The aim of my research is to understand mechanisms involved in autoimmune disease development.
We use proteomic technologies to characterise autoimmune disorders and to identify diagnostic markers.
In an ongoing collaboration, I hope to understand why women face an increased risk of developing autoimmune disorders. By following men and women who undergo sex change we can investigate how sex hormones affect the human immune system.
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Licenced physician 2018
PhD 2015, Uppsala University
MD 2011, Uppsala University
Academic honours, awards and prizes
Swedish Society for Medical Research Postdoctoral Fellowship, 2018
The Swedish Association of Endocrinologists’ Research Stipend of the Year, 2017
The Crafoord Stipend, 2016
Benzeliusbelöning, from the Royal Society of Sciences in Uppsala, 2015
Best Thesis award from the Department of Medical Sciences, Uppsala University, 2015
Thesis of the Year from The Swedish Association of Endocrinologists, 2015
SciLifeLab Scientific Highlight, recognizing Landegren et al. Science Translational Medicine 2015
Swedish Society for Medical Research Travel grant for exchange to Stanford University, 2012
The aim of my research is to understand mechanisms involved in autoimmune disease and to improve diagnostic opportunities for these disorders.
Autoantibodies as markers of disease. We use proteome arrays to characterize autoantibody responses and to identify biomarkers. We also develop targeted panels to support clinical diagnostics of autoimmune disorders. We are currently developing a tool to screen many thousands of samples for autoantibodies in parallel.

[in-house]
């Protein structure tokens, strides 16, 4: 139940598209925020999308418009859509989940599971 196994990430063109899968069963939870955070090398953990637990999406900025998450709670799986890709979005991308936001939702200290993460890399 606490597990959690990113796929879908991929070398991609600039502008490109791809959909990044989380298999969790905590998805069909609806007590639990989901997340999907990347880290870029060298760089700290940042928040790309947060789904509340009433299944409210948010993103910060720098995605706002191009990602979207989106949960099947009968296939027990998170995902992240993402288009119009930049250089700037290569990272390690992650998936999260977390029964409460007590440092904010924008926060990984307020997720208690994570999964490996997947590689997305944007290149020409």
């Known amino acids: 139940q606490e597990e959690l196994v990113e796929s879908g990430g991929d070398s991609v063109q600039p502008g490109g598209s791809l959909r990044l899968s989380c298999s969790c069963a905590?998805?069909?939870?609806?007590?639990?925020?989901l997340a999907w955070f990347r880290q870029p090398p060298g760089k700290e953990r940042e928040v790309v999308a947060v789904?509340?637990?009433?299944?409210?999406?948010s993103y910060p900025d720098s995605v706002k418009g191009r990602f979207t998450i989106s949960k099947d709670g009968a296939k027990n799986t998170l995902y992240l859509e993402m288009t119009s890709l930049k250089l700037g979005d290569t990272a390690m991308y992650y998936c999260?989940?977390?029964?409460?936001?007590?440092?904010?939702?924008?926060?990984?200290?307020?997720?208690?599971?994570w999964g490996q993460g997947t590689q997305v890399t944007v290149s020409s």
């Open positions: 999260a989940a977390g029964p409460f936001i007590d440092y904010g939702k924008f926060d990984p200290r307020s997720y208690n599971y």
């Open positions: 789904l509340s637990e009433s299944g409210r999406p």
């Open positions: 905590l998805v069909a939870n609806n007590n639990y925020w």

Defects in immune tolerance. We study rare monogenic disorders as models to understand the role of central tolerance (APS1) and peripheral tolerance (IPEX) in the development of autoimmunity.
Transglutaminases as autoimmune targets. One of the autoantigens we have identified, transglutaminase 4, is a prostate-specific member of the transglutaminase protein family. Previous studies have identified other members of this protein family as autoantigens in distinct autoimmune disorders. Inspired by this, we now pursue remaining transglutaminases as candidate autoantigens.
Sex differences in autoimmunity. Women face a three-fold higher risk of developing an autoimmune disorder. In an ongoing collaboration we follow men and women undergoing sex change, as a unique model to study how sex hormones affect the human immune system. Samples are collected before and during hormone therapy, and analyzed using a combination of omics technologies.
The Swedish Society of Medicine
Swedish Society for Medical Research
Åke Wiberg foundation
The Swedish Association of Endocrinologists
Marcus Borgström foundation
Magnus Bergvall foundation
Tore Nilson foundation
Department of Medical Sciences, Uppsala University
Novo Nordisk foundation (coapplicant)
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